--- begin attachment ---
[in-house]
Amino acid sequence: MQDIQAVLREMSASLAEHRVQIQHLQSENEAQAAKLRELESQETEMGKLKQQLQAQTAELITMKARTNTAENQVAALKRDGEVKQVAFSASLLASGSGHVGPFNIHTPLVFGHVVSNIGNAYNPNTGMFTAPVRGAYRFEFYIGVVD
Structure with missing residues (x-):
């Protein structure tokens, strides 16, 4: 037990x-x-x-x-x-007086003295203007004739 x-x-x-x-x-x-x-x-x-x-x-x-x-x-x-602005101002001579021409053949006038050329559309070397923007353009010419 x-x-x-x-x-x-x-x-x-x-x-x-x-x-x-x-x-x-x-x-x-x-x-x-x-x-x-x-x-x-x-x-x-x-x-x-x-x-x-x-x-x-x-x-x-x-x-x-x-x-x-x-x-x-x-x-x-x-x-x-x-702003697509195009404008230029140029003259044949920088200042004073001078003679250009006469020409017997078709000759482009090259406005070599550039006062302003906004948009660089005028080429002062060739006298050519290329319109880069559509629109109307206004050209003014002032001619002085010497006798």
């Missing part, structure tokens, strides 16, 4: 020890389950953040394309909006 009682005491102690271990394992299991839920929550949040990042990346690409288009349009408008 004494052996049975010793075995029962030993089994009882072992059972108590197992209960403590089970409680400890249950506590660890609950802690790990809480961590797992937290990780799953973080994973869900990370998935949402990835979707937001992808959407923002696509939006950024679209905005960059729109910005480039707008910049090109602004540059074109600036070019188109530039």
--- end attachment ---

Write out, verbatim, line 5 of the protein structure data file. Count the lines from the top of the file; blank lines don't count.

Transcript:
């Missing part, structure tokens, strides 16, 4: 020890389950953040394309909006 009682005491102690271990394992299991839920929550949040990042990346690409288009349009408008 004494052996049975010793075995029962030993089994009882072992059972108590197992209960403590089970409680400890249950506590660890609950802690790990809480961590797992937290990780799953973080994973869900990370998935949402990835979707937001992808959407923002696509939006950024679209905005960059729109910005480039707008910049090109602004540059074109600036070019188109530039």